In fact, as a nation, we still have the idea that climate change is a matter of every country (or state) putting its own house in order.  Once we’ve done our part, it’s up to everyone else to do theirs.  However we in the US have:

  • The highest per capita energy usage in the world.  Only Russia is close.
  • Close to the highest per capita GDP
  • Historically, still the biggest contribution to global CO2 and the climate mess we’re in

And somehow all we have to do is take care of ourselves?  And this can be handled as a small activity on the side?  There’s only one atmosphere, and with that mindset we’ll get nowhere.

Biden has finally started something, but there are still major barriers here.  Here are a few:

  • Oil company control of the Republican Party and many media outlets.  (Let’s call a spade a spade:  the Kochs—an oil services company—have complete control of the judiciary!)
  • Oil company propaganda about “individual responsibility” versus government action
  • Arrogance in the environment movement that has made climate a culture war item.
  • Splits in the environmental movement on needed electric infrastructure (supported by a kind religious faith in purely local solutions)
  • “America first” attitudes about aid to the rest of the world

Furthermore internationally the picture has continued to deteriorate:

  • Trump’s catastrophic renouncing of the Paris Agreement has been impossible to walk back.  He killed the idea of world unanimity, so cheating by Russia, Saudi Arabian and others is now the order of the day.
  • There are continuing and intensifying international fights over contributions of rich nations to the climate efforts of poorer ones.
  • Trump’s bullying view of international relations has been taken up with a vengeance by both Russia and China.  So most international discussion and cooperation is effectively dead.

Given the size of the problem and the limited time available, where do we go from here?

One recent answer came in a set of climate scenarios coming from Princeton University.  They claim that they have evaluated a comprehensive set of climate control approaches, but all of their options end up with a huge role for carbon capture. Maybe they were influenced by oil company money, but in any case they have given up on the energy transition itself!  And carbon capture on that (unproven) scale would end up in the same $275 T ballpark.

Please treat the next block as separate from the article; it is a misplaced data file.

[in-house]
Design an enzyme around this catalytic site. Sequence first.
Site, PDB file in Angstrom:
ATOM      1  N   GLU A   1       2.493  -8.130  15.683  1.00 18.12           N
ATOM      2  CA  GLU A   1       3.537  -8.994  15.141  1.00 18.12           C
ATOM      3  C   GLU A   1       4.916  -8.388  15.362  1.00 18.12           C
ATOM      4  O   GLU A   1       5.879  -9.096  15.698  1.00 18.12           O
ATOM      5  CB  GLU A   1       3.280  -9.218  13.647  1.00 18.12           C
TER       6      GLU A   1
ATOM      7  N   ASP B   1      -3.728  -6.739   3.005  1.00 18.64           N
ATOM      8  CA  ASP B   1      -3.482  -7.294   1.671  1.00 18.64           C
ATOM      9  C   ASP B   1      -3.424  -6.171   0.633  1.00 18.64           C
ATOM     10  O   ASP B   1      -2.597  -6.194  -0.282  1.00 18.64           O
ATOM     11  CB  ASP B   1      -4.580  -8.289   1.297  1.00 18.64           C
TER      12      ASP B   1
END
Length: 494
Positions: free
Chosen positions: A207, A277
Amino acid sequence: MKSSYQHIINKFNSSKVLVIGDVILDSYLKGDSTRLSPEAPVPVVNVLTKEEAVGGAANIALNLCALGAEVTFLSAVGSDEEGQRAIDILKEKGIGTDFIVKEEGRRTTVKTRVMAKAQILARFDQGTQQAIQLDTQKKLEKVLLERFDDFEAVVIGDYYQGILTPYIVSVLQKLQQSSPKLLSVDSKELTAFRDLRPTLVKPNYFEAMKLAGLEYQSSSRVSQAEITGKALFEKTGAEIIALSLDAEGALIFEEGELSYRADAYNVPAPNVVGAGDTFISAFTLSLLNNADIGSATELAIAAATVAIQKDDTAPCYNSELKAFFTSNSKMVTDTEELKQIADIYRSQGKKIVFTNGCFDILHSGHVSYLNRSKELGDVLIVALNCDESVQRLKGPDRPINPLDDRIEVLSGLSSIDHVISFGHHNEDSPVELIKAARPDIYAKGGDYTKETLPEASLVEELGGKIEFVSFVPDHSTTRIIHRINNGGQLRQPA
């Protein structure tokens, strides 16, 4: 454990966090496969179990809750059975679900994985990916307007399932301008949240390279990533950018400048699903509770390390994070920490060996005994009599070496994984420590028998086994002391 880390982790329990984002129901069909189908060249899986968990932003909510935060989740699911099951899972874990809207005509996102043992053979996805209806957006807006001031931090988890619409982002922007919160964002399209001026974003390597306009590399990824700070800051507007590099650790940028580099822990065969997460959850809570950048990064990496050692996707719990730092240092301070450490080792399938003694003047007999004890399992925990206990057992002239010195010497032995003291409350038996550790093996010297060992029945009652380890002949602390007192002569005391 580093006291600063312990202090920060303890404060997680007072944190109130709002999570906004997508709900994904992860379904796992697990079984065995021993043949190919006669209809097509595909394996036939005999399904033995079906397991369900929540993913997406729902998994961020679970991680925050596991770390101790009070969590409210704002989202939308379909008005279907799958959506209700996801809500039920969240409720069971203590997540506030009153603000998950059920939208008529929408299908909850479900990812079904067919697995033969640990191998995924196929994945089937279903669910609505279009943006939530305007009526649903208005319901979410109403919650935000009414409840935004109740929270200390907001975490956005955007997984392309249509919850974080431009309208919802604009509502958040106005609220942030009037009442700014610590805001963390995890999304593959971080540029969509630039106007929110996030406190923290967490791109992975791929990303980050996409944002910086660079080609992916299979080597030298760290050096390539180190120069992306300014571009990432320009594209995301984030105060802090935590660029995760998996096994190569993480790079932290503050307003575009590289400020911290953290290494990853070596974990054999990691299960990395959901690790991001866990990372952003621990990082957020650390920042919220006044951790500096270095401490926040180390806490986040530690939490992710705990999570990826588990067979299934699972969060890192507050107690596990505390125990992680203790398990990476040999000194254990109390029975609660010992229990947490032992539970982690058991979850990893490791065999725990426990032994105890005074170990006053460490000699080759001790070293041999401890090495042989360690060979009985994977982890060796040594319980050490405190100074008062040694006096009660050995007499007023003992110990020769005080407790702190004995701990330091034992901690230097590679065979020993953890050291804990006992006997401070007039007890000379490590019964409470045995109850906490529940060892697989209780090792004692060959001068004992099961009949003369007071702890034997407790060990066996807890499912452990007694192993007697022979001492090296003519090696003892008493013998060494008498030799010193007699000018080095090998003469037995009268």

So the conclusion, I’m afraid, is that we can’t rule out geoengineering.  However distasteful and risky that may be, we’d better find out as much about it as we can   It is a fact (however often denied) that we don’t have all the technologies we need, and we’ve done a bad job with the ones we do have.  We may well have to buy time until we’re better able to cope.  But as we’ve said before, we’d better recognize that geoengineering has a drug-like dependency:  we can never get off of it until all that extra CO2 has been taken back out!

Call to Action

Democrats must challenge Republican lies about inflation. The Republican message is simple: “Inflation is caused by Democrat’s unrestrained spending. Elect us and we’ll stop that and fix it.” Both parts of that message are lies.

Inflation is everywhere in the world and we’re generally on the good side of average. That last Covid payment is not what turned the world upside down. We’re still fighting the product and labor bottlenecks that persist. Republicans haven’t proposed one single bit of a plan.

Furthermore, as several authors have pointed out, Republicans are anything but a safe choice. We’re not talking about the old conservative Republicans. These are Trump’s burn down the house people. With the debt ceiling blackmail, Republicans are going after Medicare and Social Security with a threat of liquidity collapse if they don’t get it. We’re going to outdo the British Conservatives with Liz Truss!

Finally it needs to be recognized that the Republican argument on inflation is just a rehashing of the usual Republican program of presents to the rich. Inflation is the lastest bogeyman to say we can’t have public services or anything else that rich people don’t want to pay for.

A Message for Democrats Now